I’ve been writing letters to him as a way to help me express the grief I’m experiencing and decided to publish this blog in the hopes that it may help other people who have also experienced such a loss.
I do need to say that some of it may be difficult to read. I have chosen not to modify or filter my thoughts in any way that may make them less true for the sake of making others more comfortable. Grieving the suicide loss of someone close to you is not a comfortable process and I wanted to honor that by remaining as truthful as possible. The best way through the grief is just that– through it, not around it. Those feelings need to be dealt with– if not now, they’ll find their way out sooner or later. Very painful things come up and often those around us would like the feelings to go away and just want the “old us” back. The problem with that is that person no longer exists; the very fabric of our being has been irriversibly changed and there are a lot of feelings that go along with learning to survive in our “new normal.”
While some of it may sound alarming please know that I am OK– this is the process that works best for me as I continue to grieve the loss of my only brother. If even one person out there reads my letters and feels just a little less crazy or a little less alone… I’ll have considered this a great success.
I’ve also included links to a few great websites off to the left under “Resources.” I have no affiliation with them but they are wonderful organizations relating to mental health, self-injury support and suicide prevention and awareness. I’d like to extend a special thank you to The Christi Center. They offer free grief support groups here in Austin, Texas. I began attending their Tuesday evening meetings for survivors of suicide a few weeks after Brian’s death and their love, help and support have been absolutely invaluable to me.
Thank you for reading!
My First Letter to Brian:
I’ll never forget the last time I saw you. It was July 5th, 2010– you brought me back to the airport after my visit home for Mom’s birthday. The entire ride was so heartbreaking; I could feel it– your profound sadness. I tried to get you to talk about it but you kept changing the subject… so I let it be. I just wanted to spend time with you. I didn’t want the ride to end; the closer we got to the airport the more anxious I grew. I didn’t want to say goodbye to you– something was happening that made my heart ache for you but I couldn’t put my finger on it exactly. You got out to help me with my bags, I gave you a hug and said, “Come visit me soon, OK?? See ya later, dude.” Once inside the airport doors I allowed myself to turn around in time to see you driving away; I started sobbing because in my heart I knew I’d never see you again… and I didn’t.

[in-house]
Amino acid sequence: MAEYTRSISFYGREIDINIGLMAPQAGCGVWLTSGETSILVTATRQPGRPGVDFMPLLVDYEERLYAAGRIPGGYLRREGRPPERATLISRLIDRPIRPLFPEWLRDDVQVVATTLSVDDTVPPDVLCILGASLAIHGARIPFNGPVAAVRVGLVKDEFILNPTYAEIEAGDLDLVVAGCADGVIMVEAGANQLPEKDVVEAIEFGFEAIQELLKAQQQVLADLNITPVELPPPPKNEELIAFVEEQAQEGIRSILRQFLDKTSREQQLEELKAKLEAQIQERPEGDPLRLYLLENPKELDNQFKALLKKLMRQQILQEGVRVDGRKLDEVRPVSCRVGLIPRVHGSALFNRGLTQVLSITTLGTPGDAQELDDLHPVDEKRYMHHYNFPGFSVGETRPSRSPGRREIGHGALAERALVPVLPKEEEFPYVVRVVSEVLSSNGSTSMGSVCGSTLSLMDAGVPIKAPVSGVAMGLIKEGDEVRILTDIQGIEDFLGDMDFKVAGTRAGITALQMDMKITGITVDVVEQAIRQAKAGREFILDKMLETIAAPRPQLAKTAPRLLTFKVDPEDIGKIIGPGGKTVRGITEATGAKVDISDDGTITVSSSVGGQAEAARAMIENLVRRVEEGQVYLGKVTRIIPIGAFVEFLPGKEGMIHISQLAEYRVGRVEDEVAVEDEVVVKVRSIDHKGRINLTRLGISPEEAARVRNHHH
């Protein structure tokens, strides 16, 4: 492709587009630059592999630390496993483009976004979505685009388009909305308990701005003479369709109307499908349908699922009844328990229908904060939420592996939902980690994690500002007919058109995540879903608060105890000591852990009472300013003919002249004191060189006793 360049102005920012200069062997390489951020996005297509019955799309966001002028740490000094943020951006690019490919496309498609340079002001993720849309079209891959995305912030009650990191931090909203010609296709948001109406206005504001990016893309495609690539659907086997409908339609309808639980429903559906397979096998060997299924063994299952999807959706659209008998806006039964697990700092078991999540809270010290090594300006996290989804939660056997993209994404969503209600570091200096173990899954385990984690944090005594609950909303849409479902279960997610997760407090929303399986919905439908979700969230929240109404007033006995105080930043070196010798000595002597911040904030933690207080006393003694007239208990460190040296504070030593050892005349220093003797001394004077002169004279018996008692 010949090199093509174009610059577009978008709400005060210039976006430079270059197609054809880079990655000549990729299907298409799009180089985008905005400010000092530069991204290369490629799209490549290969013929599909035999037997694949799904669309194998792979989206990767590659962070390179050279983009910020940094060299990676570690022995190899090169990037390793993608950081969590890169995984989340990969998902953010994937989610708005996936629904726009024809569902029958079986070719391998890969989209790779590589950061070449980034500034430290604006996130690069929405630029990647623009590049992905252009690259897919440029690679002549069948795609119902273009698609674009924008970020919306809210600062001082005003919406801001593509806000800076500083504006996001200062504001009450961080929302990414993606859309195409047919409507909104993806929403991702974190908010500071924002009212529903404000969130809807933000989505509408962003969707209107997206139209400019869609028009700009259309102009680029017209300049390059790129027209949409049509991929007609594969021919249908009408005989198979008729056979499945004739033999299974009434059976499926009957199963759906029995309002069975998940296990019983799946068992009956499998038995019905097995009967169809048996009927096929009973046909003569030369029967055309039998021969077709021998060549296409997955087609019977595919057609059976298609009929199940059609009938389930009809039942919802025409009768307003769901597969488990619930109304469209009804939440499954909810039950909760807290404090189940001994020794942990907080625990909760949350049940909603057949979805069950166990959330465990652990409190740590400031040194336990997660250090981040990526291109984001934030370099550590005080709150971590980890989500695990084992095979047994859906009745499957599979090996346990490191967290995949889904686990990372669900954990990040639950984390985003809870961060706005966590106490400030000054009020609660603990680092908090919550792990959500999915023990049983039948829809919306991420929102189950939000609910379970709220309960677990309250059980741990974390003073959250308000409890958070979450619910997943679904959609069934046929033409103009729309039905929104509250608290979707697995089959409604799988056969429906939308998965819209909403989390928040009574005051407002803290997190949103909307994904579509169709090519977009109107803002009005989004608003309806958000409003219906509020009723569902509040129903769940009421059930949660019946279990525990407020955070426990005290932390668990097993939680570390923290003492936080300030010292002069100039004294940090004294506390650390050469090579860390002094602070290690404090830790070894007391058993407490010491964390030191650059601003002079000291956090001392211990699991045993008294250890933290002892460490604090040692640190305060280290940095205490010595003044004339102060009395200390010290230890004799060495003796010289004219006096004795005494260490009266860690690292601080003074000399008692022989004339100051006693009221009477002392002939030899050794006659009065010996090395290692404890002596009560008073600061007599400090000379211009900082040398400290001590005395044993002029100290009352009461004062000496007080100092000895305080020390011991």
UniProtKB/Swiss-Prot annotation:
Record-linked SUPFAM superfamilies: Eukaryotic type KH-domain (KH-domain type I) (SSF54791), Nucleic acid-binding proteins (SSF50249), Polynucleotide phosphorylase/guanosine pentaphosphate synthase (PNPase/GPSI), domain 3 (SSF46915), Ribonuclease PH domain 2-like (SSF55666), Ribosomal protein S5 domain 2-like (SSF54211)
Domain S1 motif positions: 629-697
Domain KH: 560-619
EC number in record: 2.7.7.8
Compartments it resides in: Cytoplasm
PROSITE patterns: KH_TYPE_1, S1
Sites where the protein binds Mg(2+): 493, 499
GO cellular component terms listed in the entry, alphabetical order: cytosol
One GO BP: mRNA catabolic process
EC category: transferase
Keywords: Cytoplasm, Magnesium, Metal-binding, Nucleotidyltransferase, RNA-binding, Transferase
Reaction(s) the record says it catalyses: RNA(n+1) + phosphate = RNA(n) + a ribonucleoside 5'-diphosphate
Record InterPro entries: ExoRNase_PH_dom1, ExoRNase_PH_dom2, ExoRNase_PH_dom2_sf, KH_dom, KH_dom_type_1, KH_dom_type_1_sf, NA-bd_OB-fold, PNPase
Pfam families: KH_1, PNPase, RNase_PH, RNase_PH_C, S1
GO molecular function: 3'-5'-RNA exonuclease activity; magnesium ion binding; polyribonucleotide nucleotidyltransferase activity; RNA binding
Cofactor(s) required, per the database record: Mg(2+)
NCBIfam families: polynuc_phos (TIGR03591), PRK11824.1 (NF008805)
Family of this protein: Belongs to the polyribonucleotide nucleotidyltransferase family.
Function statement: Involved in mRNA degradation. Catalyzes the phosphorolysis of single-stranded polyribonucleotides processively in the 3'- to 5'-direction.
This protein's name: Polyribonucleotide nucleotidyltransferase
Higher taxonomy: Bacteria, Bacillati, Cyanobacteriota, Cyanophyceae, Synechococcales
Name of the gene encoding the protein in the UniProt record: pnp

That part still haunts me– that I was so connected with you that I could sense that but yet I didn’t feel it the moment you died. It will take me a lifetime to get past the fact that an entire week had passed before you were found. I felt like I let you down– that not only did you die alone but you continued to lie there alone for a week while I went about my life. “He’s gone, honey.” Those are the first words I heard from Mom confirming that what we had hoped hadn’t happened really had… and the nightmare began. For weeks I would call your cell phone several times a day just to hear your voicemail message; I worry that I’ll forget the sound of your voice. I was a mess the first time I called your number after it was finally disconnected– it was like you had died all over again and the last remaining connection I had to hearing your voice again was gone.
I keep running through our life together over and over in my head. We were so close in age that we shared everything together– we experienced all stages of life at the same time: childhood… high school… college… jobs… everything. And we even liked each other enough to choose to be roommates as adults! I loved that we were not just brother and sister, but we were friends. We both included each other in our circles of friends and activities. I keep trying to remember those things; our Sundays watching the Simpsons, you “singing” me the X-Files theme song, pizza and football games, and even you trying, very patiently, to teach me how to drive a manual transmission! You had the most amazing, contagious laugh and a very gentle spirit and are going to be missed by so many people– more than you could have ever imagined. It may not make sense but it feels like you have taken that past with you… and it also feels as though you have also taken my future as I never imagined it without you.
I often wonder how long it’ll be before those memories bring me more joy than pain– because right now it hurts to think of them. My heart is broken! I find myself detaching from the world, I’m suffering from frequent panic attacks when the pain is just so strong it takes my breath away. I have become jealous of others who have siblings who are still here– and am hurt when I see them angry with each other. I am not the same person anymore; I feel so isolated, so different from everyone else. I can laugh… but have no true joy right now. I suppose some happiness will come back someday… but for now there’s only a hole in my heart where you used to be.
Please know that I am not angry at you now… nor do I think I ever will be. I have been to that place myself before and fought my way back out. I know it wasn’t a compulsive choice you made but rather the culmination of years and years of battling a crippling depression and you held on as long as you could– for us.
I miss you and think of you every waking moment. Instead of saying goodbye to you, since I know I’ll see you again, I’ll just say what we always said to each other– “See ya later, dude.”
Your loving sister,